Thursday, April 17, 2008

Back to Your Regularly Scheduled eBay Complaining!

Now that I have that positive post about eBay out of the way, I thought I would write about what concerns me most about the current state of eBay.

It is all about Active Users: (According to the Q1 Earnings call)
  • Active Users grew 1% Y/Y to 83.9 million. eBay said that if you exclude China and Taiwan that number grew by 6% (of course, since they don't tell us how many active users are in China and Taiwan that percentage is basically meaningless, they could say it was 30% and we couldn't dispute it.) BTW, when did they start excluding China and Taiwan. The Annual report says:

    Active users are defined as: "All users, excluding users of, StubHub and Internet Auction Co., our Korean subsidiary, who bid on, bought, or listed an item within the previous 12-month period. Users may register more than once and as a result, may have more than one account."
  • According to The, "Though first-quarter profit jumped 22%, growth in active users was almost flat and the number of the new listings was up just 4% from the previous quarter.

    eBay's much publicized tweaks recently to its platform to make it more attractive to buyers aren't paying off, and analysts say the company's weak fundamentals in a slow economy pose greater risk than ever to investors.

    eBay's pain could get worse. As it struggles to jump start demand, the company's sellers and shareholders are only likely to get squeezed more, analysts say. "

  • eBay Management is now concentrating on re-energising their customer base by using coupons to stimulate activity. Why pay $150 to acquire a new user when you can pay $50 to get an active user to spend more money on the site? The approach does make sense if you go after the 120 million or so non-active eBay accounts to try and re-engage them.

I believe they need to spend money on TV, in an effort to change the perception of the eBay brand and encourage new active users, but that approach is too costly in the short-term. So instead, eBay does what they do best, they manage the cash cow as best they can until the other businesses; PayPal, Skype; StubHub, Advertising, Classifieds, etc. can replace what they may lose in the Marketplace biz.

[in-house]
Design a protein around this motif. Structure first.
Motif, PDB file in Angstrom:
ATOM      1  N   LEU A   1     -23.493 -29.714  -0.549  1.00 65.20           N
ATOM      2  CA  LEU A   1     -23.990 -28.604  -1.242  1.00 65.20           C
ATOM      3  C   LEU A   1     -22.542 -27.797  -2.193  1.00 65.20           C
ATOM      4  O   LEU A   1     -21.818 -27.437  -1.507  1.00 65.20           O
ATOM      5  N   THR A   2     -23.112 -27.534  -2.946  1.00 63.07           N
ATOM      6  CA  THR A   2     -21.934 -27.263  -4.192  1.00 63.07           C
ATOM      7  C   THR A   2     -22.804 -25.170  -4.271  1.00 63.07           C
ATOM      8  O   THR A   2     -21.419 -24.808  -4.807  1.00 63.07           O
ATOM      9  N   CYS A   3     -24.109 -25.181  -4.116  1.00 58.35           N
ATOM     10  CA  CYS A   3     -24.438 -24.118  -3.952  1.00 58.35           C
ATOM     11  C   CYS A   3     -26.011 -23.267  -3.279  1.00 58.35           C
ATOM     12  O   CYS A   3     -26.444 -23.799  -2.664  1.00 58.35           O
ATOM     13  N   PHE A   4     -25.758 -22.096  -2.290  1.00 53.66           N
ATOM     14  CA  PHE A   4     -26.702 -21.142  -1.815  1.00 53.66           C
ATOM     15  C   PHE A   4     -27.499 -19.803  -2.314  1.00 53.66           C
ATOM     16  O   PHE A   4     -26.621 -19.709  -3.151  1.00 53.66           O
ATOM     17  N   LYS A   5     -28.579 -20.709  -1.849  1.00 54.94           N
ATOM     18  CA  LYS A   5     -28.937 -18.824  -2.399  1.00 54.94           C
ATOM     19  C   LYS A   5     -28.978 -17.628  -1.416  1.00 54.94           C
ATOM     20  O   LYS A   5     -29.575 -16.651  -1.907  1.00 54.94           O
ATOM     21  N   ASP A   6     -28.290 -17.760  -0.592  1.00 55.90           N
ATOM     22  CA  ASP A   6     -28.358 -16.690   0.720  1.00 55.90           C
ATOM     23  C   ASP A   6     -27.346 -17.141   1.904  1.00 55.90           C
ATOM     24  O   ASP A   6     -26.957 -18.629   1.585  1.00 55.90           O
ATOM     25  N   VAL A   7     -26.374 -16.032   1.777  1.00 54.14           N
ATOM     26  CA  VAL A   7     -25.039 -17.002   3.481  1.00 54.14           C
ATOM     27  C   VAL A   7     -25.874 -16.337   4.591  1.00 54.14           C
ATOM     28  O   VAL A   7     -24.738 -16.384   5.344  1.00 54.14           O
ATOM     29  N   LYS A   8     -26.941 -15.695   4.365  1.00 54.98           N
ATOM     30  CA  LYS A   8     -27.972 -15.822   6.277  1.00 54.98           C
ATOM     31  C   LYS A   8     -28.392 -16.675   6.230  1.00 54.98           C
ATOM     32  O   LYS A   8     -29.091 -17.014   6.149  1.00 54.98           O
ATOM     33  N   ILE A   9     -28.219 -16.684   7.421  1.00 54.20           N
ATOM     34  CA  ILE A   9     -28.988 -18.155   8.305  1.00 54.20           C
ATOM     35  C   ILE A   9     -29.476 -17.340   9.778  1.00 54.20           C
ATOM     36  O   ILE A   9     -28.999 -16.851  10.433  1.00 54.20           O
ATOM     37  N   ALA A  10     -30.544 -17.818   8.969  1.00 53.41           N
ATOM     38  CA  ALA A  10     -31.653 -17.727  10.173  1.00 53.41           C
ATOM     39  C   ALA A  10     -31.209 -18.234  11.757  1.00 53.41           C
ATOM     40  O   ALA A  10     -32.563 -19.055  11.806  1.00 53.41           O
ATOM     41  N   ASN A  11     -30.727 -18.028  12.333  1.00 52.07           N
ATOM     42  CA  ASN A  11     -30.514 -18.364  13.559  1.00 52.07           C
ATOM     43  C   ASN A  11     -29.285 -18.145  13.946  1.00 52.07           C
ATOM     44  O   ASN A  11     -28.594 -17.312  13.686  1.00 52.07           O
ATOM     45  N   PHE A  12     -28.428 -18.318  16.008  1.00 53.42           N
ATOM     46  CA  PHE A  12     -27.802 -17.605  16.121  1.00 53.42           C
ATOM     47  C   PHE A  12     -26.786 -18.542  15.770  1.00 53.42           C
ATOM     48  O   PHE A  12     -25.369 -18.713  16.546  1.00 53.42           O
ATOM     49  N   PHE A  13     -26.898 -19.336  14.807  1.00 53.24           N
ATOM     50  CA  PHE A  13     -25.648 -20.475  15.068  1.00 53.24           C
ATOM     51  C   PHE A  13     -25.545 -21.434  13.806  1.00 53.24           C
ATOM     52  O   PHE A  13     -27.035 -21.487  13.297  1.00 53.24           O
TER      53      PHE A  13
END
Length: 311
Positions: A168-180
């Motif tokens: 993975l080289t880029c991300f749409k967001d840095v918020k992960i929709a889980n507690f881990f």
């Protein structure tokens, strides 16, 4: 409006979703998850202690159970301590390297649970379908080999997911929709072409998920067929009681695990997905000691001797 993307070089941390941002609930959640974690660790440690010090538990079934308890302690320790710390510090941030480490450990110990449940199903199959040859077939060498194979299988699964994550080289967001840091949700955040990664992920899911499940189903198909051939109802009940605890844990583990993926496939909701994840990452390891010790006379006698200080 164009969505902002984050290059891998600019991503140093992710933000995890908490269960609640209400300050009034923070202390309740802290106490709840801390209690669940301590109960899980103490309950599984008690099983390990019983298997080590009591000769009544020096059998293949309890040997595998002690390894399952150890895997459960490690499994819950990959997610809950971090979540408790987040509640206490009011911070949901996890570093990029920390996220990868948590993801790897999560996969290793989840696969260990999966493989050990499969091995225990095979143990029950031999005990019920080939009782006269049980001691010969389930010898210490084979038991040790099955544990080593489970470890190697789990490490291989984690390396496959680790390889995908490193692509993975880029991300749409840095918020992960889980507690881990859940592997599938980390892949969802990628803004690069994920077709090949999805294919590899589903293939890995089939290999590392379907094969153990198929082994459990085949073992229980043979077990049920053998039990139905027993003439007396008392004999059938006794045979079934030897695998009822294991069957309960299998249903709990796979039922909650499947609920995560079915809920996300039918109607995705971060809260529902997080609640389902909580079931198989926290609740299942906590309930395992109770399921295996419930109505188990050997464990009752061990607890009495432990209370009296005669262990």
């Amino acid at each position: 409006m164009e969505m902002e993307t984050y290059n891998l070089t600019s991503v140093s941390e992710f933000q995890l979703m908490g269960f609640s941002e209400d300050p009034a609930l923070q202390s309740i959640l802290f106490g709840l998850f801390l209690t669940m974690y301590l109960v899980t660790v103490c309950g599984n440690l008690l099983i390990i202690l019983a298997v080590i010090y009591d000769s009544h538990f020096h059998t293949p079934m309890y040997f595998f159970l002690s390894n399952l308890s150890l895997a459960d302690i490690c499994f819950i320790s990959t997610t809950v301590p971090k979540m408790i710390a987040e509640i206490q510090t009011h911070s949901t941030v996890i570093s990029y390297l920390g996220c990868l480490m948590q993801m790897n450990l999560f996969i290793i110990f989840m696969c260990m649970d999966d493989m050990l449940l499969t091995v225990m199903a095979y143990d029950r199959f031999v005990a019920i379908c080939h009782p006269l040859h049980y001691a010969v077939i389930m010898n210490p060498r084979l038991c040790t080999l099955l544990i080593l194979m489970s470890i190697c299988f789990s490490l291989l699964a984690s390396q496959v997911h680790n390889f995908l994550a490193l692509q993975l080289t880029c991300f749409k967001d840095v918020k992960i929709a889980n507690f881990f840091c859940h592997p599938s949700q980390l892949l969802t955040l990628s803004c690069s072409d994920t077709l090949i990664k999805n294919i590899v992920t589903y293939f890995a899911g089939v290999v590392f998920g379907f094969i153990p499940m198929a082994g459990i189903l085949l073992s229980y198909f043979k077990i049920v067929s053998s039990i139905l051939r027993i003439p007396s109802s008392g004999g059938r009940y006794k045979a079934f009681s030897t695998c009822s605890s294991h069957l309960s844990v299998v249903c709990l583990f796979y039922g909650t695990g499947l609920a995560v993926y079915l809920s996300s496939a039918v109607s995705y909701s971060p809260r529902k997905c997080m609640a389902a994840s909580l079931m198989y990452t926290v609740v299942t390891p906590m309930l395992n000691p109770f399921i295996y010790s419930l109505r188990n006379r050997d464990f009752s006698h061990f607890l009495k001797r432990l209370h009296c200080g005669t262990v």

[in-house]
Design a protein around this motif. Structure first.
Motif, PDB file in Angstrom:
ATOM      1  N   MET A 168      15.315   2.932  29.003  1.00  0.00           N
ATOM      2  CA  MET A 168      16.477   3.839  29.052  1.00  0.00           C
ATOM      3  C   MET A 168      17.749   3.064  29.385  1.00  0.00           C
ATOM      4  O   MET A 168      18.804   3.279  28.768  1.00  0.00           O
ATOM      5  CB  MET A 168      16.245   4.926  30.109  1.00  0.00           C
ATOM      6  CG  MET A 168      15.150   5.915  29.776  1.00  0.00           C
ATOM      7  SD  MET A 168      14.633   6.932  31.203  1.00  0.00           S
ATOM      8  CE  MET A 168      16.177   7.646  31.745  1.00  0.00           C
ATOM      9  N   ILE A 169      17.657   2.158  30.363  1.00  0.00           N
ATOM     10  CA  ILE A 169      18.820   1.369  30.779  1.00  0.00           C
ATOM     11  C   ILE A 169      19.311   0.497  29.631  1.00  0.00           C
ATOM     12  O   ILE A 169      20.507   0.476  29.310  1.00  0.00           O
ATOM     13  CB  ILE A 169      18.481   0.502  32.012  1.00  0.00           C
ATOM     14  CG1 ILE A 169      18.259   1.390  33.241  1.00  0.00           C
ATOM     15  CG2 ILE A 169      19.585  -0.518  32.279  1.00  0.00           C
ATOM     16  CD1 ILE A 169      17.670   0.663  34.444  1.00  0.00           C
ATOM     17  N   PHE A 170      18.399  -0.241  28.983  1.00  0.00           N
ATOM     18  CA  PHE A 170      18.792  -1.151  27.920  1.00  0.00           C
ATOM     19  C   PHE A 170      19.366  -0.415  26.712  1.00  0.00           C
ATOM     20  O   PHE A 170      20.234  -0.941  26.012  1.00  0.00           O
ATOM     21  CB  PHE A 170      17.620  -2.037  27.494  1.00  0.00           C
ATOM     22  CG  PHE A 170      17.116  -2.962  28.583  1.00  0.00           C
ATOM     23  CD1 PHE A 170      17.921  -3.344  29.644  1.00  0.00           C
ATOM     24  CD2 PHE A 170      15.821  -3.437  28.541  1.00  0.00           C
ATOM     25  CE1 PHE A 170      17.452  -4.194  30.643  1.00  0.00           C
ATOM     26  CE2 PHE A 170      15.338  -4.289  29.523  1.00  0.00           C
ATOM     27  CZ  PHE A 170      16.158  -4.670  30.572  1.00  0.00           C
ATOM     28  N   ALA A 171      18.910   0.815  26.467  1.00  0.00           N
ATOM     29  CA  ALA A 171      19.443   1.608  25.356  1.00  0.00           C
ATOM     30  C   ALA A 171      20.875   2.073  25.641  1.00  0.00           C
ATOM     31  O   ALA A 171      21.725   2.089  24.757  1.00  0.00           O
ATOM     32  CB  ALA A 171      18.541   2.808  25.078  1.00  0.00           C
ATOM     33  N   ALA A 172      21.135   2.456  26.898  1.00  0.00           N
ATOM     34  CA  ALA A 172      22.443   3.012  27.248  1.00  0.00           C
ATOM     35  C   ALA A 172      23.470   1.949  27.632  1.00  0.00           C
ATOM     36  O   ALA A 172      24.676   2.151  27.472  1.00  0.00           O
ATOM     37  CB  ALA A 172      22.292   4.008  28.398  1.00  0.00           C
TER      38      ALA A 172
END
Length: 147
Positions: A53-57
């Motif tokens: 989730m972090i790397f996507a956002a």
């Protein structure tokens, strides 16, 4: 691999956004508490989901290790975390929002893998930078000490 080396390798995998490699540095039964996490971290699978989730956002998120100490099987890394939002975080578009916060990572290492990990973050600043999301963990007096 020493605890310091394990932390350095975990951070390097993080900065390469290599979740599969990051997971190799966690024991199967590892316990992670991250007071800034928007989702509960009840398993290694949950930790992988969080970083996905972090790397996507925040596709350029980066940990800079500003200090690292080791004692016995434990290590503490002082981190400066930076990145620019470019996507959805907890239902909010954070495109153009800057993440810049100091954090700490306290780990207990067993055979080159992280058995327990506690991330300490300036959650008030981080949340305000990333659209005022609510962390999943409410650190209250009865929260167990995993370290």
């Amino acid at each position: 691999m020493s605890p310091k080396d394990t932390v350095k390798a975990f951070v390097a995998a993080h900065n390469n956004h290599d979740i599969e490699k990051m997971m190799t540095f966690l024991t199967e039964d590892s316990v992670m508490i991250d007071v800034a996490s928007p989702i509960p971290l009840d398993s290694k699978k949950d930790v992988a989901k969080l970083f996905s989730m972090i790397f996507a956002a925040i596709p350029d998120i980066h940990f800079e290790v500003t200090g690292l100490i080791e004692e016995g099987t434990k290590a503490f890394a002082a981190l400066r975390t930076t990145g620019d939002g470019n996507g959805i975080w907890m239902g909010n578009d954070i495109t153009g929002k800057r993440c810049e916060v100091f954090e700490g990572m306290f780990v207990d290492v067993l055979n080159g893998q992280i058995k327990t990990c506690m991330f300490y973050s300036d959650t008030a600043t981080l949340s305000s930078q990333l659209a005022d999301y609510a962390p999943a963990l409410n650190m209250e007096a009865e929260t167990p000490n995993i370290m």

IMO, there is plenty of additional growth in the eBay Marketplace business, but eBay doesn't seem to have the stomach to go after it.

Amazon on the other hand continues to outpace ecommerce and grow faster than eBay. Amazon doesn't need to spend any money on TV because their brand is already well respected and valuable to consumers.

Coupon programs will help in the short-term, but it isn't a long-term solution. eBay needs to bite the bullet and change the perception of their brand. TV is the best way to do this, but not with another campaing like "Shop Victoriously". Once they figure out what they want to be when they grow-up, they need to launch a re-branding campaign to make eBay the place to shop once again.

I'll say this again, they need to stop trying to figure out how to make auctions work in harmony with Fixed Price items, create "eBay Classic" and run it as a separate platform . Then they can run a TV ad campaign to establish the new brand for the "New" eBay and please do not repeat the same "Get it New" campaign they trotted out for Express when it launched.

Just my 12%


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Tony P. said...

Yessiree, it is all about active users. If there isn't a massive hemorrhage taking place, I'd be surprised. That 1%, or even the 6%, is a gain, but that could be the gain after the loss.

Maybe 10% left ebay last year and a 16% influx of newbies accounted for that 6% rise. Maybe they're all in India, or East Elbownia, who knows?!

Ebay is determined to drive out the Bad Guys with Best Match, DSR's, etc. and it looks like the Dis-Advantaging is working Perfectly. The jury's still out whether the Baddies will take the hint and leave. Why should they?

Meanwhile, back at the ebay-ranch the regular farmhands are getting downright pissed off, something fierce. They be gettin' on the horse what brung 'em and ridin' out. I'm figuring that for every 10 sellers that leave, there goes 9 buyers.

As I sees it... we lose 9 cowboys, but we gains 10 injuns.

(oh gawd, is that not PC, or what?)

Tony P. said...

Randy, how about lending your knowledge of 'street speak' to something a bit confusing?

Specifically, concerning this:

Brian Pitz and Brian Fitzgerald, Bank of America: Maintains Buy rating, but contends that “eBay may have to eliminate a source of revenue from listings fees longer-term, especially given increasing competition from AMZN and Craig’s List.”

What is meant by that bolded portion? It can be interpreted in several different ways, with some of those 'ways' having more than one possiblilty. Ideas? Thanks!

where the hell is MY tin hat???

Randy Smythe said...

Tony, basically they are saying "no mas" to listing fees in order to compete more effectively.

This is the direction they are headed, they just won't remove listing fees all at once.

My guess is they will make a category specific change where they drastically reduce listing fees and then over time they will just go away, replaced by higher FVF fees and more Best Match control.

BTW, your tin hat is on the fence behind your Monkey Spaceship

Tony P. said...

Thanks, Randy. I thought that is what they meant, but the more I read it, the more I read into it. ;-)

(got it.. putting it on)